Algeciras: The Red-Headed Stepchild of Spain?
Plaza Alta in Algeciras. Photo by me.
Algeciras, Spain located in the south of the south—Andalucia—has become my Spanish home away from home. I was skeptical accepting work here last year as most guidebooks quickly dismissed it as a port city with an industrial influence, serving largely as a place of transit ushering in and out tourists and citizens of Morocco. Though the port is undeniably an eye-sore, I’ve come to appreciate Algeciras as a place that is more than what meets the eye, and worth stopping through for a blend of African and European cultures, (though admittedly, you’ll probably only find yourself here en route to Morrocco.)
You’ll know you’re nearing Algeciras when the streets signs are accompanied by Arabic script. Head up and away from Avenida Virgen Del Carmen (the main street that goes along the waterfront) to find the quaint city center, filled with tapas restaurants, cozy pubs, shops and bakeries. The farther west you head, the heavier the Moroccan influence: kebap restaurants, traditional tea shops (selling delish Moroccan mint tea) and open-air markets. If you find yourself here in the summertime, head for one of the two beaches: Rinconcillo and Getares. Getares is the prettier and more popular option featuring a beach-side promenade of restaurants and cafes.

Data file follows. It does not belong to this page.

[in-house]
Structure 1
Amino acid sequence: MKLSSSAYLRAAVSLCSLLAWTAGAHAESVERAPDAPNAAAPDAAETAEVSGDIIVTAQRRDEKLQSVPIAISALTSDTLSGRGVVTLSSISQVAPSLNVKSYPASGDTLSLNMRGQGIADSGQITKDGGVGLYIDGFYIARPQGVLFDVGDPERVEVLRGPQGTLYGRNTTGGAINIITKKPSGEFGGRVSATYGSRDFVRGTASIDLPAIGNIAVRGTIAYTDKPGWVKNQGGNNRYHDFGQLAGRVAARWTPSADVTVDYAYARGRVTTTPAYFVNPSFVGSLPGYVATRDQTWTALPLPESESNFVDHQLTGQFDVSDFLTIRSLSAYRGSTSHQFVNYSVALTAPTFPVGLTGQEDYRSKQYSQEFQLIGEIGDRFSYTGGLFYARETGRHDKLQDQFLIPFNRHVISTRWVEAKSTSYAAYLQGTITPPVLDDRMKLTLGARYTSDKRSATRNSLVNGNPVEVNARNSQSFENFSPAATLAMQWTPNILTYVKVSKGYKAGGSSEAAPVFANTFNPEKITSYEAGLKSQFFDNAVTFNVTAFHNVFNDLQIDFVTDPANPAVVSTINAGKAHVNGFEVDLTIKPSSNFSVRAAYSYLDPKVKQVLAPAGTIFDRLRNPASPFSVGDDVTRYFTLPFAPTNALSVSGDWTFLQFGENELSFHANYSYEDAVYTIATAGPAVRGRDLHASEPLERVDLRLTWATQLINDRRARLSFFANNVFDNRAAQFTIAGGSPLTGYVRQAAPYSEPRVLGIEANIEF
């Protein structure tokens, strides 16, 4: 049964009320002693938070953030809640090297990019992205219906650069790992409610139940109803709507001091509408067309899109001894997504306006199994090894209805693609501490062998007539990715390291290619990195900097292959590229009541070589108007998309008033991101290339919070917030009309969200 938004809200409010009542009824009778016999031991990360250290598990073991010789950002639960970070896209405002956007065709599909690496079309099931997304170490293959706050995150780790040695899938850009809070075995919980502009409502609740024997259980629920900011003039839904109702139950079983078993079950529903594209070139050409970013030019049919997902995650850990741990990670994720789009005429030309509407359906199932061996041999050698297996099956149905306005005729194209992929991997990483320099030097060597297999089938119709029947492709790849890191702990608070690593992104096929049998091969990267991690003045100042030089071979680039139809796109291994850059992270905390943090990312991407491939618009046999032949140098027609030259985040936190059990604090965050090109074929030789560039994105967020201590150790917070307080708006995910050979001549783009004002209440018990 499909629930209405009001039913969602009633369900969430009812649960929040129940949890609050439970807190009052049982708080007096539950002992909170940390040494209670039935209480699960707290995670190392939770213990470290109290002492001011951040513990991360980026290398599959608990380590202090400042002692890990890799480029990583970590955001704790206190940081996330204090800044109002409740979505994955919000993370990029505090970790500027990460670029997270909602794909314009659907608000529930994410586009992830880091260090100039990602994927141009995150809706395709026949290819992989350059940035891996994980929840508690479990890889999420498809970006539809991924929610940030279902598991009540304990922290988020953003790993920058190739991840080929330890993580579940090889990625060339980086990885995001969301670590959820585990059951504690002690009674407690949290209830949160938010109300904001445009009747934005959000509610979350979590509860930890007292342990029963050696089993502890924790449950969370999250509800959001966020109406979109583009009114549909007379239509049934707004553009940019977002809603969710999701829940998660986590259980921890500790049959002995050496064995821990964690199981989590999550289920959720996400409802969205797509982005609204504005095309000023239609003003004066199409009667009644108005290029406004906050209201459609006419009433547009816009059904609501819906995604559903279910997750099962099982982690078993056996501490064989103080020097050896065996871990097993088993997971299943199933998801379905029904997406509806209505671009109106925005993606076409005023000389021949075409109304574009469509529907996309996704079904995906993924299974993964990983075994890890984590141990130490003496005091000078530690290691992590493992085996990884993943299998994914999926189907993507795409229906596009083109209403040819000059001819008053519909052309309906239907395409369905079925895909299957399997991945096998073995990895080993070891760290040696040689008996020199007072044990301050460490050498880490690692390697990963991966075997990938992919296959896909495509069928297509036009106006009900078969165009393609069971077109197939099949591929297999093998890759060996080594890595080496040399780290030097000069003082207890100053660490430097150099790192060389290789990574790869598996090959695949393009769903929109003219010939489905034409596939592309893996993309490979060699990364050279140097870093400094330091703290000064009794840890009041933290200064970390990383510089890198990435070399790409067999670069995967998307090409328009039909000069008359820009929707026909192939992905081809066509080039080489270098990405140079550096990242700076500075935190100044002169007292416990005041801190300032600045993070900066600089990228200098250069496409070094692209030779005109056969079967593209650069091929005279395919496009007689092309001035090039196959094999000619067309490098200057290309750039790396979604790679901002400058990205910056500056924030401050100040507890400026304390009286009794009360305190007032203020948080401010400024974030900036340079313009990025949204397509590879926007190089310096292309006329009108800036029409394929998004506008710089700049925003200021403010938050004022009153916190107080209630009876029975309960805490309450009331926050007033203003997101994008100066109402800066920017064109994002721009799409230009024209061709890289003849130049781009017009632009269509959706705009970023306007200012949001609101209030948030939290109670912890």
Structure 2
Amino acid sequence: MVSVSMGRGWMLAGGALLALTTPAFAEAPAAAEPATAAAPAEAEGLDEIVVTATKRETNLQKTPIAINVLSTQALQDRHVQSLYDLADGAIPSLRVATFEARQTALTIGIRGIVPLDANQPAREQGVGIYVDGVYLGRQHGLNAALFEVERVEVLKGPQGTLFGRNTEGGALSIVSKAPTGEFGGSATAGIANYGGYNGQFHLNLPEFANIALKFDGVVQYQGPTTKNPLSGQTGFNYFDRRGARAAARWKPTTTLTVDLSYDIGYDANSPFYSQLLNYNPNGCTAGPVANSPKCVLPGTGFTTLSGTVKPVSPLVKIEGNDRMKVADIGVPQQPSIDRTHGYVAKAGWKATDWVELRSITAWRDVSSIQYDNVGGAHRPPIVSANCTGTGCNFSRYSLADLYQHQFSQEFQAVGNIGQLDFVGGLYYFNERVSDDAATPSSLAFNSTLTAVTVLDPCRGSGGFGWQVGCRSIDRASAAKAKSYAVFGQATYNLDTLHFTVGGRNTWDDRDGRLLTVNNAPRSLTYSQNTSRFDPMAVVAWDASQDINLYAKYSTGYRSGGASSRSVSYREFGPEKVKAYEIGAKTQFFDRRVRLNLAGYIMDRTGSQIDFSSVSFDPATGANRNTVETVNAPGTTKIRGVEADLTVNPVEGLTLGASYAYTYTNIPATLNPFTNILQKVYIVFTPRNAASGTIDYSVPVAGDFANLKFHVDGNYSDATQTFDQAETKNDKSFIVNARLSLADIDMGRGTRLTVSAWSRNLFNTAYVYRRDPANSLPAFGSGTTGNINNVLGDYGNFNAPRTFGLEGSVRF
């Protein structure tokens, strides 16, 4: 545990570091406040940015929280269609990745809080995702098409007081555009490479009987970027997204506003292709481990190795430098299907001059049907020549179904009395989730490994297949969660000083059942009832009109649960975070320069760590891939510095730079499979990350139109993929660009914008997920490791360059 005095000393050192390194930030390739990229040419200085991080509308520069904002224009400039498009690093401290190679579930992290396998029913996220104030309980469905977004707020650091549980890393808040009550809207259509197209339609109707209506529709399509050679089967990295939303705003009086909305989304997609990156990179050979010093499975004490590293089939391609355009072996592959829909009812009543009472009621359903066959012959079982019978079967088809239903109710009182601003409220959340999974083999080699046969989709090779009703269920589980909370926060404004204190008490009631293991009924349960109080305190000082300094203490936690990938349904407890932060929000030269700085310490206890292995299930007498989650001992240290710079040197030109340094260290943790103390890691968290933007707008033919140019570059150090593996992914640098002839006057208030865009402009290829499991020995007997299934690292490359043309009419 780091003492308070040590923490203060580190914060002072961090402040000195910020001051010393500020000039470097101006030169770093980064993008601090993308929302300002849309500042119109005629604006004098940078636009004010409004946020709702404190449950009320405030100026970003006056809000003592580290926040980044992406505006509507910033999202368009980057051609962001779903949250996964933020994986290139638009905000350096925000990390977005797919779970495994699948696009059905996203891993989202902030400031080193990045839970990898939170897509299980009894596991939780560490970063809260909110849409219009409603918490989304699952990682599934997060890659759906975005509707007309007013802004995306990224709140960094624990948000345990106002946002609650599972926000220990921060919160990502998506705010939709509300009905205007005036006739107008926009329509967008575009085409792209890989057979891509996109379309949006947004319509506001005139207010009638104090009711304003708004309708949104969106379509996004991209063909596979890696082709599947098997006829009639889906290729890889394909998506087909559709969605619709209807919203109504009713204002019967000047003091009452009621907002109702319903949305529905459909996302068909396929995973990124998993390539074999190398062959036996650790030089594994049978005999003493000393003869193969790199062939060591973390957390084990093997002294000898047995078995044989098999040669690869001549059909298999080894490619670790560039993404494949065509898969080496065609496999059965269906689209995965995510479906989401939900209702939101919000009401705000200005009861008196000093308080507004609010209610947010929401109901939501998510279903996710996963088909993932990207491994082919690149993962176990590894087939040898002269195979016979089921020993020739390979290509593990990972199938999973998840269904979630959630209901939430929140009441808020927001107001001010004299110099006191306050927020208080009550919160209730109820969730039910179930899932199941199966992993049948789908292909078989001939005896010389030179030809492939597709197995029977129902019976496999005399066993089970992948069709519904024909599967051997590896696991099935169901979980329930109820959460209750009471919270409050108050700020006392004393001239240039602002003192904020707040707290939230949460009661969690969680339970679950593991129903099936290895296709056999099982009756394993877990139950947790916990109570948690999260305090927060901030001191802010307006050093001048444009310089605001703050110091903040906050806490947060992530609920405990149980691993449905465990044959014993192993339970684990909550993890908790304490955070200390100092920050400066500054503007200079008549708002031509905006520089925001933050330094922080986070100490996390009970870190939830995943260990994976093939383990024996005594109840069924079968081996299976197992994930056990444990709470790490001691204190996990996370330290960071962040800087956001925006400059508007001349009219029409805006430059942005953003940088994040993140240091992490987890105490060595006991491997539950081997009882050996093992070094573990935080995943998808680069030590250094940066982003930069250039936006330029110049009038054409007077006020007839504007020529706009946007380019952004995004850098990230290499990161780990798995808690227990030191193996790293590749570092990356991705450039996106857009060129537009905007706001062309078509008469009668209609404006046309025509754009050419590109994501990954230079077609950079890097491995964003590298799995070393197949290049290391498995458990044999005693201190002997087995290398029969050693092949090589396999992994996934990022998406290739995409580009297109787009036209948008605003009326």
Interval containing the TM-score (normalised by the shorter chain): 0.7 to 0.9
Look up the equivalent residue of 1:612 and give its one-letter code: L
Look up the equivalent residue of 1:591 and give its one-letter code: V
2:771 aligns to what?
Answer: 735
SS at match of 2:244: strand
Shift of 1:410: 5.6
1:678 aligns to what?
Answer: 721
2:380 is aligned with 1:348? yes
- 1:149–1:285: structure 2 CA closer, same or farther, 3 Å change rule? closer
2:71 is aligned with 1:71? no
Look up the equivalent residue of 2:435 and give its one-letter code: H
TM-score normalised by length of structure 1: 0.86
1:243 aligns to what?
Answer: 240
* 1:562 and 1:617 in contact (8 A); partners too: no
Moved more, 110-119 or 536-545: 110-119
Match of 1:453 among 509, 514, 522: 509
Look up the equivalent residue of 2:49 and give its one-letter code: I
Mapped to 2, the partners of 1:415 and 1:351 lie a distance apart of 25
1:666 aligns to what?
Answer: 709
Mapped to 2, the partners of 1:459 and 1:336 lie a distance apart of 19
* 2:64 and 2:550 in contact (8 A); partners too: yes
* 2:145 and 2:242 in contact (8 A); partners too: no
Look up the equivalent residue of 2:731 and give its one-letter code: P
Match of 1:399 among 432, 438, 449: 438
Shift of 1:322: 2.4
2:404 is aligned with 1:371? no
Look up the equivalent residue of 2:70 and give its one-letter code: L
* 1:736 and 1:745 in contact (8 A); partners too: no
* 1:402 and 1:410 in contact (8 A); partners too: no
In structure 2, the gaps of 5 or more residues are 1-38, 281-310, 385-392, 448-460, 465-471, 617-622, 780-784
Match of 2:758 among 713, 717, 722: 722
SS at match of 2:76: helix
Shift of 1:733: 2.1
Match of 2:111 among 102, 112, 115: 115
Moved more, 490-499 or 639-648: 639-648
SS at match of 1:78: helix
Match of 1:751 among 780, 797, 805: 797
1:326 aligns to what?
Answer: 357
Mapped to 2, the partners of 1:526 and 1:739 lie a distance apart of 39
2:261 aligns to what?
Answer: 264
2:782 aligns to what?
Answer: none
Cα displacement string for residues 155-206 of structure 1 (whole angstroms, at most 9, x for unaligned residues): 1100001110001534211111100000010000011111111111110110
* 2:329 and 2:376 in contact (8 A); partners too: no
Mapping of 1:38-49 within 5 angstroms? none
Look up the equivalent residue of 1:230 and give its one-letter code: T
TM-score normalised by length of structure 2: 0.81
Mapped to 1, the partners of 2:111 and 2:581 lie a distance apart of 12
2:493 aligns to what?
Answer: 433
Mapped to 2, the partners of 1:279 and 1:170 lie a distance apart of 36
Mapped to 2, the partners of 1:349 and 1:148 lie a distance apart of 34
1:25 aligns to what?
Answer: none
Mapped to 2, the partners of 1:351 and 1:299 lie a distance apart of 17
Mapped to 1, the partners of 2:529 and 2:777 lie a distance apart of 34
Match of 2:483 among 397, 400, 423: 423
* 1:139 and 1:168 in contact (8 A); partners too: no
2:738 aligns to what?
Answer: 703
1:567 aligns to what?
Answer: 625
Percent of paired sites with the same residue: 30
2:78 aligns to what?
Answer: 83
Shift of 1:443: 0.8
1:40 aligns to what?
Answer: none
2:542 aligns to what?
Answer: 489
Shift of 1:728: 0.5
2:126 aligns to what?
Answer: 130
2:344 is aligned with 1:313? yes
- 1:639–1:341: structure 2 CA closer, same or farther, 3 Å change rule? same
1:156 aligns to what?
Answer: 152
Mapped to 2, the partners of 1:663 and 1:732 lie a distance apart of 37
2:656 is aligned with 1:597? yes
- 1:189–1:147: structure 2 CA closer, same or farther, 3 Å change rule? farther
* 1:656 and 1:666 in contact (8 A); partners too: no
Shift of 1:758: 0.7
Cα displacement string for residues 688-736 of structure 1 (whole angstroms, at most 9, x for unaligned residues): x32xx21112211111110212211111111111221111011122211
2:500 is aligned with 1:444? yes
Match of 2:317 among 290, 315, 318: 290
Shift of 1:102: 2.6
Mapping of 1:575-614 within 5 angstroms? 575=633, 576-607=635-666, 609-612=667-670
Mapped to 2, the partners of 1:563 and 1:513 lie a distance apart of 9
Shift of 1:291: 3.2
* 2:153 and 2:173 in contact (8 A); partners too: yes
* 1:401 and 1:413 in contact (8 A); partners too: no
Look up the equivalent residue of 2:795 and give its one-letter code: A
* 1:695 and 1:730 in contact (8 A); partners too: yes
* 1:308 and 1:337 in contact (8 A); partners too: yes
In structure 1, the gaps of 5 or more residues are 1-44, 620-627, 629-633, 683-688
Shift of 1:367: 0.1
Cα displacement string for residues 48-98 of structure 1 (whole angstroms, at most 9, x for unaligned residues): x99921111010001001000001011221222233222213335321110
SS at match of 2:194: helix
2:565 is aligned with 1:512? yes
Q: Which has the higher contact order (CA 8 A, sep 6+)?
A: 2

With the UK territory Gibraltar, exotic Morocco, and glamourous Marbella as its neighbors, Algeciras is situated in a prime location. Partner that with a relatively low-cost of living, (by European standards) and the gritty individuality of this place becomes all the more tolerable. So are the guidebook rumors true? Partially. However, that doesn’t take away from the fact that this city is unashamedly and authentically a port city untouched by tourism. So if you’re looking for a place a bit off the beaten track, stop by for a couple of hours and then head further down the road to kite-surfing capital, Tarifa.